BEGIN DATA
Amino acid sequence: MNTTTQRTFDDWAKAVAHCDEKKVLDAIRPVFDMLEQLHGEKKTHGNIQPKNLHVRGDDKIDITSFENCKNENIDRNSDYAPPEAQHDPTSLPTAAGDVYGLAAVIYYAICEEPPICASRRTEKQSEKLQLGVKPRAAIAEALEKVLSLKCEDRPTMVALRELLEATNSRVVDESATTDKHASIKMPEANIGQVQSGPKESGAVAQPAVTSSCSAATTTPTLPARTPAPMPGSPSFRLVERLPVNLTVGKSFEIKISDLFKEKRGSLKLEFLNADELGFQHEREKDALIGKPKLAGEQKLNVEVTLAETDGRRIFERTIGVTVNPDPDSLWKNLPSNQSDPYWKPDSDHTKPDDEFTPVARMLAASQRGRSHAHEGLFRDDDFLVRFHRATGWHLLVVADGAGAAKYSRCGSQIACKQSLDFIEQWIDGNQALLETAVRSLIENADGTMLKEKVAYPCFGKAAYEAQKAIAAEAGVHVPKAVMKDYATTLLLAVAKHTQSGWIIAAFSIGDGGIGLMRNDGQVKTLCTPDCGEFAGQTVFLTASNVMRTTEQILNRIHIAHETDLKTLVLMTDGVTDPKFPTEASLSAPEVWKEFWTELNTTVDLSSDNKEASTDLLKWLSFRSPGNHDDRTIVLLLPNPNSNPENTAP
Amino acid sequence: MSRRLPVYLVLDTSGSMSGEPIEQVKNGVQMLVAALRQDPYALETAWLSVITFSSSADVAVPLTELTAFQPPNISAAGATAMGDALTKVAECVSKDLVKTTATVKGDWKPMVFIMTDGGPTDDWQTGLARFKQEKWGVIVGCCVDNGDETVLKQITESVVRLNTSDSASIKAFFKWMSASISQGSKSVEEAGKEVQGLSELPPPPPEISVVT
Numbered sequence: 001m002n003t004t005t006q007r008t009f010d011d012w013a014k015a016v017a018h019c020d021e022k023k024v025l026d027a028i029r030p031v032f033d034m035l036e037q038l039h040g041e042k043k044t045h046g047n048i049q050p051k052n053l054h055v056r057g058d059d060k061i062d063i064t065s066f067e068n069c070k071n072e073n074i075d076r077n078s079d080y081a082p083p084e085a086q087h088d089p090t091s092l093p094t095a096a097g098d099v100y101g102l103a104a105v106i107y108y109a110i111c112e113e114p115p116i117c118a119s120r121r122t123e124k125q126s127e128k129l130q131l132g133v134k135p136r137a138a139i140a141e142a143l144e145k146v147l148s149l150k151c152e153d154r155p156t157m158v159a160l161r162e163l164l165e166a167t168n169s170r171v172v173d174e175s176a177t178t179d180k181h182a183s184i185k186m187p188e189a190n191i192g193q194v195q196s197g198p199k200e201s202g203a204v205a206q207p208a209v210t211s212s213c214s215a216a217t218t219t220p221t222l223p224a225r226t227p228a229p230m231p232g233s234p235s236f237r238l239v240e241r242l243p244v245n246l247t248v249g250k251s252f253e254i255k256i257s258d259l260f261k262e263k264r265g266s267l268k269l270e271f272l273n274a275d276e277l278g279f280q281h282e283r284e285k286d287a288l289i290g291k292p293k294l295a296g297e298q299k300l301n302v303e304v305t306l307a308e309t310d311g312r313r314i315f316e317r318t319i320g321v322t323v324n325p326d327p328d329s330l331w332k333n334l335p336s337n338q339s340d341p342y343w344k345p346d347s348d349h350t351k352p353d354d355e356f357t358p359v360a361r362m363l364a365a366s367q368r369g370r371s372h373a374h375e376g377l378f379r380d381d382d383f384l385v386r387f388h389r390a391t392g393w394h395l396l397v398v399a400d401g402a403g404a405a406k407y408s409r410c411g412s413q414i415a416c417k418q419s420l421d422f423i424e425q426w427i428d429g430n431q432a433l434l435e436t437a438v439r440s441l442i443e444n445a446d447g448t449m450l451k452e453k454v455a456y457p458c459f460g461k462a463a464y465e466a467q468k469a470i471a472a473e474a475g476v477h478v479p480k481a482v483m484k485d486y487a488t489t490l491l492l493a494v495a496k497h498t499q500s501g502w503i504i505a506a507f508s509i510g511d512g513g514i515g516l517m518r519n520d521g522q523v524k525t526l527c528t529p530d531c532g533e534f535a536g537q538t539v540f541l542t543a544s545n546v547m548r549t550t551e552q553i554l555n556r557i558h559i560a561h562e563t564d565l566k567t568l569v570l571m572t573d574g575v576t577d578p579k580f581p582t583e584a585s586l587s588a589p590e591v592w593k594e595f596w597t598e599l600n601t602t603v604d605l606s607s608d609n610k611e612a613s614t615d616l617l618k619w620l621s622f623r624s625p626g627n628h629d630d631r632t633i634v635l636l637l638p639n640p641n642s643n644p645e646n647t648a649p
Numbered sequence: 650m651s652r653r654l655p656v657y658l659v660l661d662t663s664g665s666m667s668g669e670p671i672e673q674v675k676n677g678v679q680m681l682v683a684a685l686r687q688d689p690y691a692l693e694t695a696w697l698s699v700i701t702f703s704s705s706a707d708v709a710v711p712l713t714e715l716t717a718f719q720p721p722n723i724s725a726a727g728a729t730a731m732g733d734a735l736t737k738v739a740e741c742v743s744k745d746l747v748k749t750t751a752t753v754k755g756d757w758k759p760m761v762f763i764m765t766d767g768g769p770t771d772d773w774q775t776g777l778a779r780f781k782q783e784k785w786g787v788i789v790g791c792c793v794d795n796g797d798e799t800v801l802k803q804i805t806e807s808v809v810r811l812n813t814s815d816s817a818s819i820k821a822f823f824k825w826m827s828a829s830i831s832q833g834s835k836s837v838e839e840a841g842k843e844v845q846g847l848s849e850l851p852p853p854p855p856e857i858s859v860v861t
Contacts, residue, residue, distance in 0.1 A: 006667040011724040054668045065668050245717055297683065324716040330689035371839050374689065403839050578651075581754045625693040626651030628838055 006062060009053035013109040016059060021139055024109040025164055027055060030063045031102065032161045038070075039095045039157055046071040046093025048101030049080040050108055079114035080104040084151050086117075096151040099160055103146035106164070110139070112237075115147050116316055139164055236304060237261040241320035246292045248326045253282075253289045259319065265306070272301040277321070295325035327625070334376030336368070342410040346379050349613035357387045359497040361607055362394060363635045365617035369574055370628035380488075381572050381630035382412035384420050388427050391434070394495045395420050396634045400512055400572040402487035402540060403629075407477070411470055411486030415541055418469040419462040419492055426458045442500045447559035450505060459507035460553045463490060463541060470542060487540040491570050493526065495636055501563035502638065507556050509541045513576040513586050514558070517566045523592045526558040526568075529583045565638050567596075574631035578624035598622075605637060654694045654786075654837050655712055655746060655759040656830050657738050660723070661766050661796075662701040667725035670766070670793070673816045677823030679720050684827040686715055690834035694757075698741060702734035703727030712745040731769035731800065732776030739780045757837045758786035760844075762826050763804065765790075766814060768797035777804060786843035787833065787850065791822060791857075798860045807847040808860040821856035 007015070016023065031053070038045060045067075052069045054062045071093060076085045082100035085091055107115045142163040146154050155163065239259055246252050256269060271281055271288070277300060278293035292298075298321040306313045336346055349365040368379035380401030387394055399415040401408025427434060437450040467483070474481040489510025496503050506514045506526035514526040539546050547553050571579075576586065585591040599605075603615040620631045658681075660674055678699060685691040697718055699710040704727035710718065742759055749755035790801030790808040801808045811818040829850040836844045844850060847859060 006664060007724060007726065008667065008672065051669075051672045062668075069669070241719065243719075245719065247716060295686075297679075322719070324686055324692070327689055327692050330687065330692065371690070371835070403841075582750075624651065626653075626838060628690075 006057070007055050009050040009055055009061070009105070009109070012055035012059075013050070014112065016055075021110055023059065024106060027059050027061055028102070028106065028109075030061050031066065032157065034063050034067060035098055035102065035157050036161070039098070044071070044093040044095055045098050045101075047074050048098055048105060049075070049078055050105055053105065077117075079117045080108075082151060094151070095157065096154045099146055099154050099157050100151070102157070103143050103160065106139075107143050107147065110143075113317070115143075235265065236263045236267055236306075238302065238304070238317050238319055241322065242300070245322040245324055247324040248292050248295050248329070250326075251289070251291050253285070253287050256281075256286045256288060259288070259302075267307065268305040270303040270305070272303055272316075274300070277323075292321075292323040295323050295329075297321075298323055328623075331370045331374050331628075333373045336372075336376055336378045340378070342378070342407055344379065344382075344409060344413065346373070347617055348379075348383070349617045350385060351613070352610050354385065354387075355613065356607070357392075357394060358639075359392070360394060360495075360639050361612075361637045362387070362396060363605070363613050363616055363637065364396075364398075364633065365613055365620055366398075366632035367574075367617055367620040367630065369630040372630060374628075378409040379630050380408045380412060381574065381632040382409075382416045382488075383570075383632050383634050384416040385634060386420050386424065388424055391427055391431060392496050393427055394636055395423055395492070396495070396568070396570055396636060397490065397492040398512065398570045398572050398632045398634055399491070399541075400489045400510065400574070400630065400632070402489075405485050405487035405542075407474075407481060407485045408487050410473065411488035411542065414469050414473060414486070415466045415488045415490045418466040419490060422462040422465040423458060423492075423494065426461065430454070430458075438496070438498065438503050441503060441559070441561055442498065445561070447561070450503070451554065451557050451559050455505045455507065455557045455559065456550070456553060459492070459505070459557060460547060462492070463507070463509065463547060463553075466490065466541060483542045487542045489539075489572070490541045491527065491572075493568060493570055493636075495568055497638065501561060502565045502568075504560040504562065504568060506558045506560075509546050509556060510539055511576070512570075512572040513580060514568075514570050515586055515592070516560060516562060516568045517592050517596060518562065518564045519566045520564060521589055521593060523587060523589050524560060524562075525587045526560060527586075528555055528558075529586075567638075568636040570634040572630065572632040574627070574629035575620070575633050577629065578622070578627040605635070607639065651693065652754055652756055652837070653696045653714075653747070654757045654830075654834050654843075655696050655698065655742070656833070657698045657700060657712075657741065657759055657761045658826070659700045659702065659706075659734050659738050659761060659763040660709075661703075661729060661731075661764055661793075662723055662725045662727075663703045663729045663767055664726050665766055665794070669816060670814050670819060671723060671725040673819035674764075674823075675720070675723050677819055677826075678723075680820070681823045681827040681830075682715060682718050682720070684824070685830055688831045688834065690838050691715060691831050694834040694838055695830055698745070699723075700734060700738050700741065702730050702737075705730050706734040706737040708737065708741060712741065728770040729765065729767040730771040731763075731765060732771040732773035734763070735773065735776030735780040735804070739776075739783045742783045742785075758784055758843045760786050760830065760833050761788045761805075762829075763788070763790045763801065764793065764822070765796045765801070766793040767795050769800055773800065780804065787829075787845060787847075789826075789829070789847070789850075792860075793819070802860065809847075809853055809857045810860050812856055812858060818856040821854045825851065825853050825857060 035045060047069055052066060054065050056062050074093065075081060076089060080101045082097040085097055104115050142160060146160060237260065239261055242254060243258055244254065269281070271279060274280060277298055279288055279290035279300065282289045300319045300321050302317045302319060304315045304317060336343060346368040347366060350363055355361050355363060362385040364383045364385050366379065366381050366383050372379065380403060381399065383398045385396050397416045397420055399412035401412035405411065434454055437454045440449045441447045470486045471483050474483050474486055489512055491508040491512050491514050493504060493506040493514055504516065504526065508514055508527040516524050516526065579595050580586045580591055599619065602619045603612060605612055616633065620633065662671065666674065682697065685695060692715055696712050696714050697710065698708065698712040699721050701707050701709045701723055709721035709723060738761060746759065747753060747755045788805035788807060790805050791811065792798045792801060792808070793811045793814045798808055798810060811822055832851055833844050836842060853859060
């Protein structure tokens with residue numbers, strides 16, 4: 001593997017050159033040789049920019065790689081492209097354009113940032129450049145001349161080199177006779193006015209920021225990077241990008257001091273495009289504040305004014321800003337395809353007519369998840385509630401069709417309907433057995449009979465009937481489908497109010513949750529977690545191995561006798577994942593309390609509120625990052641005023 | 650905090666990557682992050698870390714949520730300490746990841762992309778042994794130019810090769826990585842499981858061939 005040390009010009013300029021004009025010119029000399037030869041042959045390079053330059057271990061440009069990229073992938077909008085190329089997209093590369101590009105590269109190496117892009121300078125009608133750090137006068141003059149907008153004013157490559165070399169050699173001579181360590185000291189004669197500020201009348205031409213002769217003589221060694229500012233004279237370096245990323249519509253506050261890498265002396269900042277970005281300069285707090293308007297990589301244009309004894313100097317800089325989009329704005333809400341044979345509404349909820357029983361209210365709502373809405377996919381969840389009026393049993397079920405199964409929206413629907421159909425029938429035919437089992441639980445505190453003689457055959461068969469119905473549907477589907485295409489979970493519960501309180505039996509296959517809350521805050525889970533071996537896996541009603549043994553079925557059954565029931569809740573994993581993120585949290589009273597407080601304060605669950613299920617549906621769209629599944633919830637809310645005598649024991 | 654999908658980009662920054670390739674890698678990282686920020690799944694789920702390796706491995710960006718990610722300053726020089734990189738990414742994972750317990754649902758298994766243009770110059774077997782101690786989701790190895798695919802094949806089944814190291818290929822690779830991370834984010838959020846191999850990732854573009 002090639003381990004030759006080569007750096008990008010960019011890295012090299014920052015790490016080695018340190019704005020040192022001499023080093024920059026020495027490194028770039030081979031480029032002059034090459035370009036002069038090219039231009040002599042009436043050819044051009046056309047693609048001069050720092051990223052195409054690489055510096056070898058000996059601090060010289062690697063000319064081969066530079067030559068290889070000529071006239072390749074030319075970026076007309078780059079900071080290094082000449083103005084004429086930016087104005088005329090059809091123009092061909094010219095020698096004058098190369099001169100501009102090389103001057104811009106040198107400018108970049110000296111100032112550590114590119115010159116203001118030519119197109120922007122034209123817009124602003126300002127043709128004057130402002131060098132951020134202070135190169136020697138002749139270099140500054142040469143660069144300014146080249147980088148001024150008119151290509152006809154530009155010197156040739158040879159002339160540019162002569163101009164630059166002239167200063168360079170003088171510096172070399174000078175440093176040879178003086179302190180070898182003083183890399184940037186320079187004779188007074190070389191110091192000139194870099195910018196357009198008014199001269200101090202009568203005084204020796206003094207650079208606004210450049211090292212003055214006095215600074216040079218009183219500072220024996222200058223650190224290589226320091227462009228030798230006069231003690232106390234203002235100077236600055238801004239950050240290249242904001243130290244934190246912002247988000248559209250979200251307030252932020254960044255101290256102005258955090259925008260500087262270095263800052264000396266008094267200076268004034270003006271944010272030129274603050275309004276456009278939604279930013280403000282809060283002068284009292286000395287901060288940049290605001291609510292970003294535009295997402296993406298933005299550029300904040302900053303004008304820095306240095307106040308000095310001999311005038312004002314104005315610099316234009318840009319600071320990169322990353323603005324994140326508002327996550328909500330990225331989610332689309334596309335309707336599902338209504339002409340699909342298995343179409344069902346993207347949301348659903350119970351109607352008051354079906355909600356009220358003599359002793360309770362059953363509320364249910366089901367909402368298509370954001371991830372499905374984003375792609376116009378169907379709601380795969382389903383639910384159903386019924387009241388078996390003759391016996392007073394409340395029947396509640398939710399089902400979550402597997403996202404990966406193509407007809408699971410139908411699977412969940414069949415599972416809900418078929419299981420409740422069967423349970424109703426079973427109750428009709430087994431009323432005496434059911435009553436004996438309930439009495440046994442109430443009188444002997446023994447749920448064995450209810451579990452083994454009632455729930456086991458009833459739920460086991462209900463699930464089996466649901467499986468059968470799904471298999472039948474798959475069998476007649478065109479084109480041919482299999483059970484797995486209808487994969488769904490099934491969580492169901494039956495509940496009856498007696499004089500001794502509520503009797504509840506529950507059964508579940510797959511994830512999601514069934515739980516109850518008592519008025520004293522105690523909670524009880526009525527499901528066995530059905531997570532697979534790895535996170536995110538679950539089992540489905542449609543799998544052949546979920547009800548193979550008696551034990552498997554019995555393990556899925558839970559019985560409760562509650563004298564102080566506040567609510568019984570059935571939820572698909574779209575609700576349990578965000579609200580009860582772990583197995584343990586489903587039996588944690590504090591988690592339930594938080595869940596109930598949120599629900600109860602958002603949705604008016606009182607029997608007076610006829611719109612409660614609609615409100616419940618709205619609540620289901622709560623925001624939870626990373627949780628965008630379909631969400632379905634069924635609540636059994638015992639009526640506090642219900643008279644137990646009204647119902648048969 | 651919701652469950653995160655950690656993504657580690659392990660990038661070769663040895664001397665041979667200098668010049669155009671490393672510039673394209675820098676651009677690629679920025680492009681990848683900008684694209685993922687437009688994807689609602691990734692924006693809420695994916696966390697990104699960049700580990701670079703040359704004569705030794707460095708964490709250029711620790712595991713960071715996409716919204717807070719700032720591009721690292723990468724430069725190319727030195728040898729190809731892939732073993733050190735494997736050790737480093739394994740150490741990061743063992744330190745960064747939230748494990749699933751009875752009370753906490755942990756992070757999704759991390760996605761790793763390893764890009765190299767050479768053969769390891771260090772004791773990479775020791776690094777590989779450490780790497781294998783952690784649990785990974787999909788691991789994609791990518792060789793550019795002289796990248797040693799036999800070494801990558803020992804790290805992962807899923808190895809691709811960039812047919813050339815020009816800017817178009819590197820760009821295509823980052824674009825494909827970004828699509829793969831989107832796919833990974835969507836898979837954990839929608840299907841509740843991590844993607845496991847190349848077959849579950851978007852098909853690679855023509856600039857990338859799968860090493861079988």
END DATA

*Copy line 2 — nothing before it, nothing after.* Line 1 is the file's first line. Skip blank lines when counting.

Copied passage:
Amino acid sequence: MSRRLPVYLVLDTSGSMSGEPIEQVKNGVQMLVAALRQDPYALETAWLSVITFSSSADVAVPLTELTAFQPPNISAAGATAMGDALTKVAECVSKDLVKTTATVKGDWKPMVFIMTDGGPTDDWQTGLARFKQEKWGVIVGCCVDNGDETVLKQITESVVRLNTSDSASIKAFFKWMSASISQGSKSVEEAGKEVQGLSELPPPPPEISVVT